Some have lost their businesses.
    If you have a decent job-keep it. Do the construction thing on your off days--see if you like it.
    A retired guy I know does small home repairs--he stays very busy.
    It depends WHERE you are located and what type of work you are doing.
     
  5. Feb 13, 2012 at 1:37 PM
    #5
    OZ-T

    OZ-T Did you get your precious photos ?

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    You won't get rich . Having said that , I love my profession .

    Learning from people that know what they are doing is key .
     
  6. Feb 13, 2012 at 1:57 PM
    #6
    loaderman82

    loaderman82 [OP] Well-Known Member

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    Yeah I know that building is slow, but this is what I have always wanted to do. The guy that i'm talking to is a multi-millionaire ( he sells oil to the government) and builds big houses for doctors and lawyers and such. I'm not getting rich doing what i'm doing now either, I only make around $30K a year. The guy said he didn't have a problem paying what I already make and even more if it works out. My wife makes good money being an RN, which means that as long as I make what i'm making now i'll be good. I'll be sure to watch the guys who have done it for a long time. What all tools is a must? I already have all my power tools and all the basics.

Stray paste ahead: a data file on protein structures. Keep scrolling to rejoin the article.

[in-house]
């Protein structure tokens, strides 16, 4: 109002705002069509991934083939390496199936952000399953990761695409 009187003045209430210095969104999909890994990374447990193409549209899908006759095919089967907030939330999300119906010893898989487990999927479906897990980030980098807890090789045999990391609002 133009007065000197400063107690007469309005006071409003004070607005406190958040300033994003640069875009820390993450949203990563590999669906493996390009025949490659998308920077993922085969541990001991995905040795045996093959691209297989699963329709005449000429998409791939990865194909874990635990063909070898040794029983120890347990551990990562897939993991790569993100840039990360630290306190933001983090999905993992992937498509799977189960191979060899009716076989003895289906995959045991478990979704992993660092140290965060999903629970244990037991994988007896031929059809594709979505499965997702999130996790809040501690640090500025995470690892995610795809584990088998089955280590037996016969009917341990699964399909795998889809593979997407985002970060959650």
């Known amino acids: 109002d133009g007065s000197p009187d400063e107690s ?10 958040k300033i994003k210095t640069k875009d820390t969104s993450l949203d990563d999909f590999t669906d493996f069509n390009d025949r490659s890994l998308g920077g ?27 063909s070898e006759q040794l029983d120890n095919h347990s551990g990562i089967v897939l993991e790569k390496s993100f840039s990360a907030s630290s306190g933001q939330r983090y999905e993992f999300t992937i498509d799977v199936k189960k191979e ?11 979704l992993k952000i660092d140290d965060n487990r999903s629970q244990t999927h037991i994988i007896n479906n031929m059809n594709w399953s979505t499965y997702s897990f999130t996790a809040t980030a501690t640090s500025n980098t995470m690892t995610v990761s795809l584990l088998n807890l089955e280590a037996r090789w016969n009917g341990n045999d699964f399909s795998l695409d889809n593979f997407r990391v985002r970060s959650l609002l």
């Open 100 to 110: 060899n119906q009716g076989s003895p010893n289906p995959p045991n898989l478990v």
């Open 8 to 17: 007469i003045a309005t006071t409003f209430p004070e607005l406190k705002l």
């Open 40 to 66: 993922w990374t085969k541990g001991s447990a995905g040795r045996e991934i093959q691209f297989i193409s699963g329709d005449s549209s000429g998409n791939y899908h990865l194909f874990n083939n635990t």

7. Feb 13, 2012 at 2:08 PM
    #7
    Jez

    Jez Hittn' easy steet on mud tires

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    I am a construction manager for a home builder and there are no "quality" positions like mine out there. However there is a big need for skilled labor as there just are not enough people out there who are reliable. I say if your a hard worker and have a good attitude and are reliable you won't have a problem finding work. Like others have said you won't get rich to start but you will be in a good position when/if things turn around. Also try the commercial industry as there is always work there.